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Has Disney Mismanaged Star Wars? Yes and No

Ah to be in 2012 again, when Disney’s purchase of Lucasfilm set off a firestorm of anticipation for new Star Wars content. There actually was a ton of Star Wars content in the pipeline, most of it announced at Star Wars Celebration 2012, and most of it canceled by King Mouse. Almost eight years later, it’s time to assess what the high-pitched, personality-less, mouse-man has done with George Lucas’ most enduring creation.

In 2012, Star Wars was actually in pretty good shape. “The Clone Wars” animated series had established itself as the best received Star Wars property since the Original Trilogy. Del Ray Publishing cranked out an Extended Universe book or two every year. Lucas Arts had just released “The Force Unleashed” series a few years earlier and was deep into production on Star Wars 1313, a game about Boba Fett. The Disney purchase wiped out all three.

What did Disney do with Star Wars? Let’s evaluate.

1. Star Wars Rebels (2014)

I’ve been watching Star Wars Rebels for the first time on Disney Plus. I’m pleasantly surprised by how good it is. It takes the best elements of The Clone Wars and some of the best elements of the Extended Universe and combines them.

The problem? Disney broadcast it on the little watched Disney XD channel. What should have been the triumphant start of Disney’s Star Wars ownership largely met a collective shrug outside of the Star Wars fan base because no one could watch it while it was actually on television.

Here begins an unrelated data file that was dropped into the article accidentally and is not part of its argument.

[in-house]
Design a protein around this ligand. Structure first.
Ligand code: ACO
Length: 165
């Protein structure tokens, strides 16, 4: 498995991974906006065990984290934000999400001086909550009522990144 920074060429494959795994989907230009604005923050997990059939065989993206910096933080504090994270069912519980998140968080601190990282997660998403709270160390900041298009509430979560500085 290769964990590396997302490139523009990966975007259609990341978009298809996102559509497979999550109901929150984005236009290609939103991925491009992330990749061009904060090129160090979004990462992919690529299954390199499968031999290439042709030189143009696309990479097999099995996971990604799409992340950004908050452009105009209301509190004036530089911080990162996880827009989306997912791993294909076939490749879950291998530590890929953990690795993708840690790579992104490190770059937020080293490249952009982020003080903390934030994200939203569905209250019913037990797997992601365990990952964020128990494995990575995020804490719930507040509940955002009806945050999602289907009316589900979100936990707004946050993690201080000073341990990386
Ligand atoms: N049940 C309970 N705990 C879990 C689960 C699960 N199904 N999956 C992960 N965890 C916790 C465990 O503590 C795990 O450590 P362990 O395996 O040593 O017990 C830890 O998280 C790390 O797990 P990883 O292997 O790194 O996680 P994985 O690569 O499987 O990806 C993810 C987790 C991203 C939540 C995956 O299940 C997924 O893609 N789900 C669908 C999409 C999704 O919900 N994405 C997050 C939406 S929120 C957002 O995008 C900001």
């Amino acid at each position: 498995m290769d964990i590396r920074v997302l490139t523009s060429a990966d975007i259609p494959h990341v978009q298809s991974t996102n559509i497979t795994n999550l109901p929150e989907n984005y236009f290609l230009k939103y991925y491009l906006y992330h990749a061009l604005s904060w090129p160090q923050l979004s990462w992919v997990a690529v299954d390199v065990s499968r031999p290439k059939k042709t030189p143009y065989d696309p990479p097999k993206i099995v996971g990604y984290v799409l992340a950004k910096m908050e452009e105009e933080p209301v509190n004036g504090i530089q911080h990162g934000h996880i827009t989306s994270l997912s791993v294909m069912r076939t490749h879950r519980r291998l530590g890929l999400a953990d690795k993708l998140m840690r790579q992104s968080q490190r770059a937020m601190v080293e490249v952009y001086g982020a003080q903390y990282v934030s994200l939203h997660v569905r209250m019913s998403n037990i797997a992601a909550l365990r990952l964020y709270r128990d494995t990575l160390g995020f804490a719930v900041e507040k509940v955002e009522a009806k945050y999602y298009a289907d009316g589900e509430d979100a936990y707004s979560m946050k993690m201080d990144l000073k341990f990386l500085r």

2. The “New” Books, Comics, etc.

It took twenty years, dozens of novels, comics, and video games to fill in the story of what happened during the thirty years after Return of the Jedi. Instead of taking the best elements of that Extended Universe and incorporating them into the new stories, Disney wiped the slate clean. While this allowed for creative freedom, it also resulted in a rush to fill in the gaps.

I haven’t read very much of the new books or comics or played all the new video games, but some are much better than others. The Battleground games were a dumpster fire, for example, but the new Timothy Zahn Thrawn books have been well received.

The original Extended Universe was often hit or miss as well, so we’ll call this one a wash.

3. Star Wars Episode 7: The Force Awakens

The Force Awakens is a well made, entertaining film. Critics and audiences loved it at the time, and re-watching it a few years later, I find it holds up extremely well. It may not be the most creative film, though, since it borrows heavily from the original Star Wars (Episode 4: A New Hope).

Was it a missed opportunity to borrow so heavily from Star Wars? Did we really need another Death Star? Certainly Disney left some of the creative cards on the table here. In fact, trying to establish a brand new story while at the same time trying to connect to the older story resulted in the Sequel Trilogy’s biggest flaws.

4. Rogue One

Rogue One, also known as “The One Where Everybody Dies,” had production issues, but the final result was a bold, propulsive action movie of the highest caliber. I have no complaints about the film itself.

Rogue One’s success gave Disney too much confidence in it’s strategy to make a “side-quest” movie every other year. Disney couldn’t reasonably expect to pump out a Star Wars movie every year, AND have all of those movies finish in the top ten of the highest grossing films of all time. However, that seems to be exactly what Disney expected.

5. Star Wars Episode 8: The Last Jedi